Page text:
Research from Newsflare reveals just how many of us would choose not to attend university if we faced the financial pressures placed on student’s starting university now. Of those surveyed, those aged 35-44 were most likely to be put off attending university by the current level of tuition fees, with 57% saying they wouldn’t attend under the current format. This age group would have graduated university before 2003 and so would either not have paid tuition fees or no more than £1000 a year.
Women were far more likely to not attend university thanks to the monetary pressures: 62% of women said they’d be deterred, compared to just 52% of men.
The findings are in line with an overall drop in applications to UK universities.
In an additional survey of people who attended university, 44% of current and previous university students said they had a part-time job alongside education to help fund living expenses such as rent, bills and course fees. A further 29% said they did so to earn additional money for personal hobbies and pastimes, including gym memberships and going out with friends.
‘Women were far more likely to not attend university thanks to the monetary pressures: 62%, compared to 52% of men.’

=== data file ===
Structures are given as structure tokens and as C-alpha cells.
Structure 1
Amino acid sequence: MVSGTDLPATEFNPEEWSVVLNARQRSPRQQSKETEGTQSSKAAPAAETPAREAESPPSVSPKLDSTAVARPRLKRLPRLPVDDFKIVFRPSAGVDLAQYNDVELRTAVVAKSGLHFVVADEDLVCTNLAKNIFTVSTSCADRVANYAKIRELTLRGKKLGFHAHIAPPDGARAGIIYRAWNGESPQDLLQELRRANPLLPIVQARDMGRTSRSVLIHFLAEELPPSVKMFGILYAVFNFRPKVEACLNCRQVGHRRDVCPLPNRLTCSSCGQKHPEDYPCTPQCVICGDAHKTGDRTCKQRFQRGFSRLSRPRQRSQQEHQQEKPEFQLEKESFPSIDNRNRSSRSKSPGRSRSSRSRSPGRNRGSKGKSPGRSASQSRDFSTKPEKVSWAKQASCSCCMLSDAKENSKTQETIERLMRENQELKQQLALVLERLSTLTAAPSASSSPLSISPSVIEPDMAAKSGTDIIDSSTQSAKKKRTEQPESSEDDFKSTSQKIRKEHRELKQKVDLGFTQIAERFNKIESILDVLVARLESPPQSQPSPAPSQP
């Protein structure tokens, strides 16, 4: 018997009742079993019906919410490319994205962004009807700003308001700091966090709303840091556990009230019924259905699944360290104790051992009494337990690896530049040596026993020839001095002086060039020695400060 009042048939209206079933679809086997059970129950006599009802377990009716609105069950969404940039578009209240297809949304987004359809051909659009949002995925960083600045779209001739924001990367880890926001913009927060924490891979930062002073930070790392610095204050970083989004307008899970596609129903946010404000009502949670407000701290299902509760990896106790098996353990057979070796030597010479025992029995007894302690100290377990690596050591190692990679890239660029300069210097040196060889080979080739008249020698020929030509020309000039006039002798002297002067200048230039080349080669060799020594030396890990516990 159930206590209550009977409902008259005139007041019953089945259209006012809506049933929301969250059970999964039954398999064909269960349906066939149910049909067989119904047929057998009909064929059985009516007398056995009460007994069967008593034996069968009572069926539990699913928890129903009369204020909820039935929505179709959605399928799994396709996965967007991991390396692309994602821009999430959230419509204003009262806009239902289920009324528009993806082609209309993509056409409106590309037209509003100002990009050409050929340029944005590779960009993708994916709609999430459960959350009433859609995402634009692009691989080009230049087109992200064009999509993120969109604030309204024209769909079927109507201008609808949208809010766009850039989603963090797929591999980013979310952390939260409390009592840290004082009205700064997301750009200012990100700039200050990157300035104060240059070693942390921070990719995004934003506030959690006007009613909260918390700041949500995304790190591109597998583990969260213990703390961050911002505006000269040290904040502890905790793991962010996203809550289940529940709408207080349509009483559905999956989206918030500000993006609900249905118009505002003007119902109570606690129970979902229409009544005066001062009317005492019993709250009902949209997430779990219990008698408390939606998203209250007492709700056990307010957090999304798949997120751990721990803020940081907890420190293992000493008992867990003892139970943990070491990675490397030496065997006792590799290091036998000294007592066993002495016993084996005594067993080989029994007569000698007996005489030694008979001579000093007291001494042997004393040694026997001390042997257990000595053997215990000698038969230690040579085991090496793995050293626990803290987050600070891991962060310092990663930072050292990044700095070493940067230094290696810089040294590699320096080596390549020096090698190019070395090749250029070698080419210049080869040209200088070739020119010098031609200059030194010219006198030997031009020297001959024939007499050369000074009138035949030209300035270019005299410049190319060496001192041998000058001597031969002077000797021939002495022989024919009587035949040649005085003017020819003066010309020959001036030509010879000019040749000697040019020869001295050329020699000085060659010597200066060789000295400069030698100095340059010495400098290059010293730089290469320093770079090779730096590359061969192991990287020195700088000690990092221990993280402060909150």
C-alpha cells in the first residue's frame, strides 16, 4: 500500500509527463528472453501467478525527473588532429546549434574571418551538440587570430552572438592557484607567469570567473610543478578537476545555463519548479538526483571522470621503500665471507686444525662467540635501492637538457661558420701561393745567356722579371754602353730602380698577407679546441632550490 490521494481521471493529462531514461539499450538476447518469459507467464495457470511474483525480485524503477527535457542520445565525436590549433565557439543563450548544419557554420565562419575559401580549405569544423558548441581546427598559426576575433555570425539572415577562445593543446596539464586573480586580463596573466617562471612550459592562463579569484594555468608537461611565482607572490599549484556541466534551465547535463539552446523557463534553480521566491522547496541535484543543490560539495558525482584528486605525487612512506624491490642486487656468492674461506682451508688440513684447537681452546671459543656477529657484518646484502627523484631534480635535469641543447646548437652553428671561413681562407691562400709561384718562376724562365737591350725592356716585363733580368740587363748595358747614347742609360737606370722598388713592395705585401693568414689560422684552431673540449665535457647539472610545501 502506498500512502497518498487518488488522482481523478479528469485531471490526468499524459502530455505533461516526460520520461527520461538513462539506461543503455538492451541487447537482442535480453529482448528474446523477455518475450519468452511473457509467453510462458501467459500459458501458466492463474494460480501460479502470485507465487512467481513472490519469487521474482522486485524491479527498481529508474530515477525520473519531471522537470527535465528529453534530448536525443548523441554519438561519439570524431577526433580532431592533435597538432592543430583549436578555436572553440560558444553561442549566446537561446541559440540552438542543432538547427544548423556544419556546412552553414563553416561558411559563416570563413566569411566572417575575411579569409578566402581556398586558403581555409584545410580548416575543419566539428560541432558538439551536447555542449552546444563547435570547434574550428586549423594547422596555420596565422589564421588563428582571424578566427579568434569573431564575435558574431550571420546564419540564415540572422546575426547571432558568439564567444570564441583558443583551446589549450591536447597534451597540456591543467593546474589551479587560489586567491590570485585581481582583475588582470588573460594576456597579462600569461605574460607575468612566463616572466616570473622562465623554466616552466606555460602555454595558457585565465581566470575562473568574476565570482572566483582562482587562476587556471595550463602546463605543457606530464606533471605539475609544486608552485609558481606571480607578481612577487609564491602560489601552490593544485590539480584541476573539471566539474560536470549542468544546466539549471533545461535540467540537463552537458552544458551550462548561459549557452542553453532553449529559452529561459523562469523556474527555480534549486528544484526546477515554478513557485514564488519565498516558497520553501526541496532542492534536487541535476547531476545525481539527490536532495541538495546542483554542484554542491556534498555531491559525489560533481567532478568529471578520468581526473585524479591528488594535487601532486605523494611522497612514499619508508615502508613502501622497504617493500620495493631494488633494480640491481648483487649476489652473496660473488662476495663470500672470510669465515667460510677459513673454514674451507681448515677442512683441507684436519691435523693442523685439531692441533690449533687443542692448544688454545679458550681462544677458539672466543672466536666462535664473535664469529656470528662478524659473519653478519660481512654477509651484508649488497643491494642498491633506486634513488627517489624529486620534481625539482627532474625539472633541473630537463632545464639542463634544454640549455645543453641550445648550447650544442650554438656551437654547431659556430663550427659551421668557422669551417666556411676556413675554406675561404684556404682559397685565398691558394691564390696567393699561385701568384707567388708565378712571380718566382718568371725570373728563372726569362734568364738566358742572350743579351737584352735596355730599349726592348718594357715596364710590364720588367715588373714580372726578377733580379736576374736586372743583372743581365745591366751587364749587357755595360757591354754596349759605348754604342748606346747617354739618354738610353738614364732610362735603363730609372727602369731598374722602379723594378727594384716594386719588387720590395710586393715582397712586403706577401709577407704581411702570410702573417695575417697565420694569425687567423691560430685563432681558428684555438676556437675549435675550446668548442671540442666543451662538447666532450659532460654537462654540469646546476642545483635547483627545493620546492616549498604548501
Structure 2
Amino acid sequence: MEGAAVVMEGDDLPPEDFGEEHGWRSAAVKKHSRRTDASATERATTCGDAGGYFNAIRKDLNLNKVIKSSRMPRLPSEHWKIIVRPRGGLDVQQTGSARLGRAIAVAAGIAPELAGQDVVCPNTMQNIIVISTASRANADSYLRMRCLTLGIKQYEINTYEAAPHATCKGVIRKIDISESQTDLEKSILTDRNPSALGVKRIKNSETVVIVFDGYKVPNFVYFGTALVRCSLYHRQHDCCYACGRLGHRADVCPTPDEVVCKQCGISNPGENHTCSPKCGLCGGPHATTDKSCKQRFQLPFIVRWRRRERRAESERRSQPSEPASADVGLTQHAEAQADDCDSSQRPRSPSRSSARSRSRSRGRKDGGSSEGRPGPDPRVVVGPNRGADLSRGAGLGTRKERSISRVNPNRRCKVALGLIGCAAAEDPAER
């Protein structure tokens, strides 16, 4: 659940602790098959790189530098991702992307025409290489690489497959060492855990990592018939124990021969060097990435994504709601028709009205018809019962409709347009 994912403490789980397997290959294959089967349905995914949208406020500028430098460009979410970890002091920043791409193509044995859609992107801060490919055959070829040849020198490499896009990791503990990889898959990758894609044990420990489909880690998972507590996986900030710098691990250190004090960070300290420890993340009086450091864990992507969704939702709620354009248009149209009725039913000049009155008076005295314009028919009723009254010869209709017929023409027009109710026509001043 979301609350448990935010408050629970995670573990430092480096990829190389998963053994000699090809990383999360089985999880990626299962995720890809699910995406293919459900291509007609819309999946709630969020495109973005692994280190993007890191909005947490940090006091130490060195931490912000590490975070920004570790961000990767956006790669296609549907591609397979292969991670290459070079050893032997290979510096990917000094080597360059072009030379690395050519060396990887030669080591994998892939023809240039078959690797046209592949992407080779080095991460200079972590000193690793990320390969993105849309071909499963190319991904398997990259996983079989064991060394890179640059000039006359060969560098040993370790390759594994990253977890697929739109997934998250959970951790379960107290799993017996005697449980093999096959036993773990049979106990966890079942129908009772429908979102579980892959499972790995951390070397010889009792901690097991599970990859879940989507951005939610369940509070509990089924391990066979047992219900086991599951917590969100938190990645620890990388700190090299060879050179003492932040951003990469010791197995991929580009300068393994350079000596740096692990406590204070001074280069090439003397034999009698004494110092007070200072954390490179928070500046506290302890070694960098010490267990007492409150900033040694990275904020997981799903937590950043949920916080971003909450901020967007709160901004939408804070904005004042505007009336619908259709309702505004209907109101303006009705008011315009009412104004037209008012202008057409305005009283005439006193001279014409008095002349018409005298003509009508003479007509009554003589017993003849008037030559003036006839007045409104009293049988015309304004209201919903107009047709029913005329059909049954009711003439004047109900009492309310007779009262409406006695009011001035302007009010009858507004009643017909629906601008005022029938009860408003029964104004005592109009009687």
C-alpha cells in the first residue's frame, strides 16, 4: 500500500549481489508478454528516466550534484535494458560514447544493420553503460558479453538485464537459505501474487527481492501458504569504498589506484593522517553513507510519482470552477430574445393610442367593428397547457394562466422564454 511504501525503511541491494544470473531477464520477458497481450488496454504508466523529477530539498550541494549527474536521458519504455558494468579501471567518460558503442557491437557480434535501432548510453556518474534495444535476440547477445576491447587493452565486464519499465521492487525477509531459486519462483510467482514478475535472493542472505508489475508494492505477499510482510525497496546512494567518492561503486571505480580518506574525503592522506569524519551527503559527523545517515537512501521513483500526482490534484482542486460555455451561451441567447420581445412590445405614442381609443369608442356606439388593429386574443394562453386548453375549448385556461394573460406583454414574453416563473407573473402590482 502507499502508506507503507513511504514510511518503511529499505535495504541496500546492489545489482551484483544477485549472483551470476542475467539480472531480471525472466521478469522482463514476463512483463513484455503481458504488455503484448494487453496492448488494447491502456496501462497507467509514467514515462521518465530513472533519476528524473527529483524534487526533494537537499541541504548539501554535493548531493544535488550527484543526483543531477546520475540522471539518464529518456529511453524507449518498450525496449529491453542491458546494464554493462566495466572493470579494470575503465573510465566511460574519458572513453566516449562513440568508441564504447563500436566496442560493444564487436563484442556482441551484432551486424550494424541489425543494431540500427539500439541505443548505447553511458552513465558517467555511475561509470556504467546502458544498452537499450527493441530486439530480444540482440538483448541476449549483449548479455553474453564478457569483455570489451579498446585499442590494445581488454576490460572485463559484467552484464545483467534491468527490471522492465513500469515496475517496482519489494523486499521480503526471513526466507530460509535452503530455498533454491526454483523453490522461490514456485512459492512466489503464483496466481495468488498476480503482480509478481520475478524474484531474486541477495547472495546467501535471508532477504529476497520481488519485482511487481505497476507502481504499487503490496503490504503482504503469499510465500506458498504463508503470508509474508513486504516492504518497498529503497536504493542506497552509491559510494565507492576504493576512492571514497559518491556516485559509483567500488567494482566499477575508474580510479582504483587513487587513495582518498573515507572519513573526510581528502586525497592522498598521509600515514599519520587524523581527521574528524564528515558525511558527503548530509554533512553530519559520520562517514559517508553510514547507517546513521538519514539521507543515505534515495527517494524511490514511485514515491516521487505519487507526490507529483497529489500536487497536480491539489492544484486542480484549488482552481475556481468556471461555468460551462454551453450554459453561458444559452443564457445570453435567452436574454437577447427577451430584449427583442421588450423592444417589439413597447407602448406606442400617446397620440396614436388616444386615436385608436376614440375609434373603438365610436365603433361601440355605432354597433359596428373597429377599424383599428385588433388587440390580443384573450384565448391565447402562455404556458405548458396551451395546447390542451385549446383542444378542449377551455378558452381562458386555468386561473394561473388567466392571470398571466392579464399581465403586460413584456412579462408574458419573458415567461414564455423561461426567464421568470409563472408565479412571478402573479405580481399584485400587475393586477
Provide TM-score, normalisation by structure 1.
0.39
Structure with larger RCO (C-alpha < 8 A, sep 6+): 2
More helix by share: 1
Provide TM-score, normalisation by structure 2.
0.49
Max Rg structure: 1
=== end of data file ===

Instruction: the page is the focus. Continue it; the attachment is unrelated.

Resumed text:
One in four students who have graduated since 2010 said they had more than one job on the go while they were at university, while 70% of current students are doing some kind of work to support their studies, up from 56% who attended university before 1990.
“Modern students are facing unprecedented financial demands, while also being expected to gain work experience relevant to their chosen career,” said Jon Cornwell, co-founder and CEO of Newsflare. “It’s no surprise to anyone familiar with modern student life that so many students are working multiple jobs to try and make this situation work.”
Some of the most interesting jobs people had at university to make extra money included cleaning the panda enclosure at a local zoo, being paid to take part in police ID parades, reselling vintage items and lambing.